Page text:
The Standard-winged Nightjar.
This one uses its brown mottled plumage to keep hidden away during the daytime and also when it is at rest. They often soar at sundown and late I the evenings. Their feathers can at times stretch till 38cm long however it is no guarantee that one can see them this way since it only happens for a short period of time. The Standard-winged Nightjar is usually identified with the flying foxes (fruit bats).
The Short-tailed Warbler.
The Short-tailed Warbler is sometimes identified as the Neumann’s Warbler. It is a little bird having a large head with a unique stripped outline. It also has a very short tail. You can find it mainly in the forest vegetation since its home is mostly in the (sub) tropical areas. It has a broad arch of hair above each eye that is greyish-brown and while the front of its eye is a dull green and white design.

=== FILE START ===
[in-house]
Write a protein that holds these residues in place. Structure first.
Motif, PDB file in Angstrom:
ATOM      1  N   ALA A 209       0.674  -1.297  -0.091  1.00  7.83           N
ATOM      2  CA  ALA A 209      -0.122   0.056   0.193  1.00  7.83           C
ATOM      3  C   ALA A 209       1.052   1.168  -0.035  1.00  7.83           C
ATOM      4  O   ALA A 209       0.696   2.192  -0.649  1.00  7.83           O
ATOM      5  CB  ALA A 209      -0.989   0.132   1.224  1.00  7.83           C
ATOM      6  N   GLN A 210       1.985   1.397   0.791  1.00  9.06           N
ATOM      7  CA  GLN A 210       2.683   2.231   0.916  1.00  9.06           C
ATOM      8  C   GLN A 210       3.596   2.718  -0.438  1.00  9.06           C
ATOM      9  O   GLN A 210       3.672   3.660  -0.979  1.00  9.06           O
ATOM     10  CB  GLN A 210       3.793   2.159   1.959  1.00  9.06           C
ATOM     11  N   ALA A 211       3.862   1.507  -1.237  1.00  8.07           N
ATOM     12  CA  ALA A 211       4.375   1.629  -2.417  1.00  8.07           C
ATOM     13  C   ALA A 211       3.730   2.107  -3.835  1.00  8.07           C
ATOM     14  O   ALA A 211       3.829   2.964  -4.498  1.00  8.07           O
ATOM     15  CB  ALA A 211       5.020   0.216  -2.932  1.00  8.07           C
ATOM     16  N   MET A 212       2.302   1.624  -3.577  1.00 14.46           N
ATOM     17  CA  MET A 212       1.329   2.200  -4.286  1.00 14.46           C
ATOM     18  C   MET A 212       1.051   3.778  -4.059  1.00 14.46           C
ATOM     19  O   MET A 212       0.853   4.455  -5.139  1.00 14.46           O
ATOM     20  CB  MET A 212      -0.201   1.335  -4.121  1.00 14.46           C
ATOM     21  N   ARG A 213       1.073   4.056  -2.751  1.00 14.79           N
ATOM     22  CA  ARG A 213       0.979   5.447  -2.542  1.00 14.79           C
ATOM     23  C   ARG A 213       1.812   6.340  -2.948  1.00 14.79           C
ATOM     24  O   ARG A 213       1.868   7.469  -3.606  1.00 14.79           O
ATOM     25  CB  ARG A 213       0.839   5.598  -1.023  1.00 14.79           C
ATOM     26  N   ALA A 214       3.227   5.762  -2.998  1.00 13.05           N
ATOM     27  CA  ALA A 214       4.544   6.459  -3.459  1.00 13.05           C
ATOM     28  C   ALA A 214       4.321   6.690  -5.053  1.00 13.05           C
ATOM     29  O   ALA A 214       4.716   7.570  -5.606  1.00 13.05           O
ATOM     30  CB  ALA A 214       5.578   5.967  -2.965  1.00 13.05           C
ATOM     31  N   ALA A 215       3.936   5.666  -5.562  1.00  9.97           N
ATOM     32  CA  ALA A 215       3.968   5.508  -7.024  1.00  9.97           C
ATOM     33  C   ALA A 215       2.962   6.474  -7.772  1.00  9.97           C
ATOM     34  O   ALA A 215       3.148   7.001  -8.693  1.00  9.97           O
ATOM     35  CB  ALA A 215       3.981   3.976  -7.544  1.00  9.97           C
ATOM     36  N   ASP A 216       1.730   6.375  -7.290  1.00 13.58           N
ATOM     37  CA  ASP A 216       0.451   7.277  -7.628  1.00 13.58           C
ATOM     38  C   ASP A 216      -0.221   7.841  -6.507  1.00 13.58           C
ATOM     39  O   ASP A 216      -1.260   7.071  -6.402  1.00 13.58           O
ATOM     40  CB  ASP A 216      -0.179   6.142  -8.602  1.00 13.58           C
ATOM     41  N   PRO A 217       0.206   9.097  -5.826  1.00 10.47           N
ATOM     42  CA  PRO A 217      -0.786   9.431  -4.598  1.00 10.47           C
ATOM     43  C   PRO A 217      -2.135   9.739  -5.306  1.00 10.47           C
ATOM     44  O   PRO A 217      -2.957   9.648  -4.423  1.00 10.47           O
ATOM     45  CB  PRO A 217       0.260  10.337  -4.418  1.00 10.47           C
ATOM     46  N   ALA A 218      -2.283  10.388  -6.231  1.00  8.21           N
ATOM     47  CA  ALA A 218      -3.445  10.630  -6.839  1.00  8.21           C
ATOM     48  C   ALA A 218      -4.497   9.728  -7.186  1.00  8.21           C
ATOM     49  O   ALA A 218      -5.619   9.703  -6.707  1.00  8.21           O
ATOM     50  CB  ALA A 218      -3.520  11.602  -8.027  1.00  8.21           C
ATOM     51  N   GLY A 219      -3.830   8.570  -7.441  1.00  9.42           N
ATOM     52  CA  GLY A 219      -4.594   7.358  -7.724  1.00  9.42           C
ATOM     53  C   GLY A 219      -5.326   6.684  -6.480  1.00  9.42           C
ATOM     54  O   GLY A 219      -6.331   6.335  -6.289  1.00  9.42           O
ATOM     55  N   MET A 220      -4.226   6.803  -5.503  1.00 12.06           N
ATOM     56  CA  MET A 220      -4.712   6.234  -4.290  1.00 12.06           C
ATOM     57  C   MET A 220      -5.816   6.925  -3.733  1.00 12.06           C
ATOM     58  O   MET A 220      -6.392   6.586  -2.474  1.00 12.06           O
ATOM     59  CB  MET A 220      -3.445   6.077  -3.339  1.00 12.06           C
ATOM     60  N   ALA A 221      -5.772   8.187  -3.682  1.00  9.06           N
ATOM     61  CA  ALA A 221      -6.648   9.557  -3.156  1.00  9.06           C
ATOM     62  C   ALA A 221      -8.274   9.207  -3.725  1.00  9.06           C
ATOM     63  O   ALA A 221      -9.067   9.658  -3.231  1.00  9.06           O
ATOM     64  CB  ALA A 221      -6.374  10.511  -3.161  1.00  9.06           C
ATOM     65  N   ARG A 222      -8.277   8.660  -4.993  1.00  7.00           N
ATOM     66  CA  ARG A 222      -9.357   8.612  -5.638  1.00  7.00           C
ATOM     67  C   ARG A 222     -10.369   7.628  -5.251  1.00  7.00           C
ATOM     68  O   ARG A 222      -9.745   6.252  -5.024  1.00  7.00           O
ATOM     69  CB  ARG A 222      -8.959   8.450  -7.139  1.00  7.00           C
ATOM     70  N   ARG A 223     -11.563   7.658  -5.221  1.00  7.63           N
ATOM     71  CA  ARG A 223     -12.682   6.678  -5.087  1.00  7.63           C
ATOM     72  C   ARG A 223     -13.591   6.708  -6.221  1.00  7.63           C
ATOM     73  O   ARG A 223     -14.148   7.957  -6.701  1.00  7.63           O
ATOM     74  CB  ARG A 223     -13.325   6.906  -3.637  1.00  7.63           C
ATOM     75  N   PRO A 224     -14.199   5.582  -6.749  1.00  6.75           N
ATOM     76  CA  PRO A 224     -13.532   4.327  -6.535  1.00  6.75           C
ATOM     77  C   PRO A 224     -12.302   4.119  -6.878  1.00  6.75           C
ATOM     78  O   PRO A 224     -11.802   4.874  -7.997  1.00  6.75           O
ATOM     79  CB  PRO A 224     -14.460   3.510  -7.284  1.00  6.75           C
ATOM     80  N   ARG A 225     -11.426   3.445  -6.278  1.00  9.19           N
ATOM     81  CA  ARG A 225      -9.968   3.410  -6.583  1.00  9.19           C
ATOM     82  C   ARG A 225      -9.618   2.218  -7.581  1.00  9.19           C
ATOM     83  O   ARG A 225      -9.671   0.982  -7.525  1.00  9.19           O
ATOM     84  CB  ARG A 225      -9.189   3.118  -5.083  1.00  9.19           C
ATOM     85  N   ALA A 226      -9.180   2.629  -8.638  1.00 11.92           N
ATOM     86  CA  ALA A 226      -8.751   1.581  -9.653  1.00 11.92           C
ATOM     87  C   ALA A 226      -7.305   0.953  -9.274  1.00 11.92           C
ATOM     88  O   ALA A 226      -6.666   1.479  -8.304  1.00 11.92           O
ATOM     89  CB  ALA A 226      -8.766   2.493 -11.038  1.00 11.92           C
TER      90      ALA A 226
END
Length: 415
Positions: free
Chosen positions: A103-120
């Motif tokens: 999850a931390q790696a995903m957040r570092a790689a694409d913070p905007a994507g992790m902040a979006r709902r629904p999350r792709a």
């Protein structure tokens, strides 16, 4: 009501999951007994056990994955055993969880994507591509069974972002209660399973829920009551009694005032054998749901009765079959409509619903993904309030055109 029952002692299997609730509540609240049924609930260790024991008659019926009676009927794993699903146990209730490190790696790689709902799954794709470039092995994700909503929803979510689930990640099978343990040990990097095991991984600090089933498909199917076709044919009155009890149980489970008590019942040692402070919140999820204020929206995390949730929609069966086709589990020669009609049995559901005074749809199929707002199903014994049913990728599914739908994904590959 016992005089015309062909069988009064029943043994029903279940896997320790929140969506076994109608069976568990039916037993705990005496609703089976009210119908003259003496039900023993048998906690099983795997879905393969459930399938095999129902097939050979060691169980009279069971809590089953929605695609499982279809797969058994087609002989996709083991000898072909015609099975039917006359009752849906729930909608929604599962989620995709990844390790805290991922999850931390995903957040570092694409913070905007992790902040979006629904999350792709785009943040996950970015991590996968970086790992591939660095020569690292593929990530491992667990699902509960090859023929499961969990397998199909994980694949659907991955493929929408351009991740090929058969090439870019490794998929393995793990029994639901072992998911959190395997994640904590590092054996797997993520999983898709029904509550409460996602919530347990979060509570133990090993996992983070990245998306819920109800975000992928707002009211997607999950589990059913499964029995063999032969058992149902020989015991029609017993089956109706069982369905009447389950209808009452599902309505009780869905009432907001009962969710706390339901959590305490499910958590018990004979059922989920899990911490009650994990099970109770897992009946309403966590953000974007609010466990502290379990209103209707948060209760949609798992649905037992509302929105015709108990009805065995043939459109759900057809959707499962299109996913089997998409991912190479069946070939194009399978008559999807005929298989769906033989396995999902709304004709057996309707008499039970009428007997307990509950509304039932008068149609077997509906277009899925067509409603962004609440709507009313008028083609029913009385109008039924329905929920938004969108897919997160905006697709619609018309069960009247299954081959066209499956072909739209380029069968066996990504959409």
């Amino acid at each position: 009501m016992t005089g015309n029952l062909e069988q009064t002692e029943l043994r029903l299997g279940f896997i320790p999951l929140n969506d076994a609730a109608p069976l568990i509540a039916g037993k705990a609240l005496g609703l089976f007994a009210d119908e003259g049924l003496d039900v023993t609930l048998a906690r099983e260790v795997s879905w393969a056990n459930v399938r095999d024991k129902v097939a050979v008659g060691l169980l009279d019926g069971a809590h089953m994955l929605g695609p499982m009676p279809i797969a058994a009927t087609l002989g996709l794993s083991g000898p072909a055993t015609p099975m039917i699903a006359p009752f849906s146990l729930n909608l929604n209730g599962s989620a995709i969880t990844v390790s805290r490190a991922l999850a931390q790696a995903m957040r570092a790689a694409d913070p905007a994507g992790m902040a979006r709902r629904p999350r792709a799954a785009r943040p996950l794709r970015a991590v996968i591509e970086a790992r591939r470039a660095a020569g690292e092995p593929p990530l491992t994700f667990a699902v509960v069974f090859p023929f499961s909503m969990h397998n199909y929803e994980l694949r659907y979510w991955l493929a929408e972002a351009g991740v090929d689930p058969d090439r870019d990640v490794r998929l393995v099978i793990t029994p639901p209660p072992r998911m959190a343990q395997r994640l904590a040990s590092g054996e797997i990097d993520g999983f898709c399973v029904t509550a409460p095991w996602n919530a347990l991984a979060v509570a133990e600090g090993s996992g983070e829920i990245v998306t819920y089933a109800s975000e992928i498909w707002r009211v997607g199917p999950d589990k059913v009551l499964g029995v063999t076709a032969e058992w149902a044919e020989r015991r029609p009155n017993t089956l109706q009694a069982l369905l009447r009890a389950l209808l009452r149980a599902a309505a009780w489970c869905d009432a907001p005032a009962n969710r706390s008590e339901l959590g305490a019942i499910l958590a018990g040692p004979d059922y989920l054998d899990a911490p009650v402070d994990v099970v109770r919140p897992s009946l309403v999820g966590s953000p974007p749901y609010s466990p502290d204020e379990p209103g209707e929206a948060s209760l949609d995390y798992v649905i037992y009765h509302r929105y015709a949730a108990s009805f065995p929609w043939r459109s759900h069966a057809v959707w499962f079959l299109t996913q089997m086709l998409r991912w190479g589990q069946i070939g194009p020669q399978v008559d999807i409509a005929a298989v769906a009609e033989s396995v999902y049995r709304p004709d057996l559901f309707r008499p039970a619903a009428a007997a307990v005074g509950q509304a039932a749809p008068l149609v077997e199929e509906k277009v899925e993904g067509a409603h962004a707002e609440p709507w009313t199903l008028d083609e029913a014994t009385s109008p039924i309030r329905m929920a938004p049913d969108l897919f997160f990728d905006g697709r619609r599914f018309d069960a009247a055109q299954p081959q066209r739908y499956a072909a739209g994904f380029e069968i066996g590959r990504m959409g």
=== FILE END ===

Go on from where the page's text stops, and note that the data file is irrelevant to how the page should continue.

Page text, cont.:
The Doherty’s Bushshrike.
This kind of bird is every so often heard but never seen. It is one which silently moves about the thick underbrush. You can tell it from its outstanding colors –mostly for the adults, which are also green and have a cheerful red throat and forehead. They also have a light yellow and lemon-like middle with a black tail and broad black breasted band. The younger birds have a pale green color and striped green and yellow underparts.
The Bar-tailed Trogon.
These ones live in forests and can be distinguished by their yellow feet and bill. Also, common to the other trogons, these ones have a far-reaching long tail. Females can be identified by their brown heads and light cinnamon throat and breast while the males on the other hand can be told apart from their blue-black heads, two orange and or yellow patches below the eyes that are of bare skin and luminous colors of green-blue and violet on its upper breast.
The Black-breasted Barbet.
These are commonly solitary birds that classically shell in tree openings. They feed on a number of things like fruit and insects like beetles, centipedes and dragon flies among others. Sometimes they have frogs, geckos and lizards for food. The female lays about 2 to 4 eggs and both birds then incubate them for a period of 13-15 days. You can tell them from their big heads and hefty bill that is fringed with hackles.